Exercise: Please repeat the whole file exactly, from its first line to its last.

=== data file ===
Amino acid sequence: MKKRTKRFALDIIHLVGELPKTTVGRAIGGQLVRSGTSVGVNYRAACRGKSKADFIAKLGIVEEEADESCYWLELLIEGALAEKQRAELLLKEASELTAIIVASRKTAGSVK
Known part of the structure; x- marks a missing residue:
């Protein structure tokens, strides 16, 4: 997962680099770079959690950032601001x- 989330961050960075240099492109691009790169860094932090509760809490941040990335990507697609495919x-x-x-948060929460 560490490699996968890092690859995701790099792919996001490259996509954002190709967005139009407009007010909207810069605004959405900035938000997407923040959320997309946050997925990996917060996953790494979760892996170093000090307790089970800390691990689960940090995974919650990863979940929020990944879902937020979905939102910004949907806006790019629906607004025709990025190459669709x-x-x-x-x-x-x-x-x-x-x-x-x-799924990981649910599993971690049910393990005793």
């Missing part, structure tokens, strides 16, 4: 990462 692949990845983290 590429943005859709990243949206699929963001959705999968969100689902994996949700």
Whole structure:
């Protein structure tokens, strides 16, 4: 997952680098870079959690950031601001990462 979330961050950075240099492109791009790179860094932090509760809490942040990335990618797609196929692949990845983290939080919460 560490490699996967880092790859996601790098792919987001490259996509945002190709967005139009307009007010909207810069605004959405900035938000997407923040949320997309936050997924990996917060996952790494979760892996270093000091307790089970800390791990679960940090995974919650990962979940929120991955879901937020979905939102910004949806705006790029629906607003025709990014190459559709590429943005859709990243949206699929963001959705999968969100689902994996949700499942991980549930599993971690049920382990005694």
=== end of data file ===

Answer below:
Amino acid sequence: MKKRTKRFALDIIHLVGELPKTTVGRAIGGQLVRSGTSVGVNYRAACRGKSKADFIAKLGIVEEEADESCYWLELLIEGALAEKQRAELLLKEASELTAIIVASRKTAGSVK
Known part of the structure; x- marks a missing residue:
């Protein structure tokens, strides 16, 4: 997962680099770079959690950032601001x- 989330961050960075240099492109691009790169860094932090509760809490941040990335990507697609495919x-x-x-948060929460 560490490699996968890092690859995701790099792919996001490259996509954002190709967005139009407009007010909207810069605004959405900035938000997407923040959320997309946050997925990996917060996953790494979760892996170093000090307790089970800390691990689960940090995974919650990863979940929020990944879902937020979905939102910004949907806006790019629906607004025709990025190459669709x-x-x-x-x-x-x-x-x-x-x-x-x-799924990981649910599993971690049910393990005793």
């Missing part, structure tokens, strides 16, 4: 990462 692949990845983290 590429943005859709990243949206699929963001959705999968969100689902994996949700």
Whole structure:
């Protein structure tokens, strides 16, 4: 997952680098870079959690950031601001990462 979330961050950075240099492109791009790179860094932090509760809490942040990335990618797609196929692949990845983290939080919460 560490490699996967880092790859996601790098792919987001490259996509945002190709967005139009307009007010909207810069605004959405900035938000997407923040949320997309936050997924990996917060996952790494979760892996270093000091307790089970800390791990679960940090995974919650990962979940929120991955879901937020979905939102910004949806705006790029629906607003025709990014190459559709590429943005859709990243949206699929963001959705999968969100689902994996949700499942991980549930599993971690049920382990005694």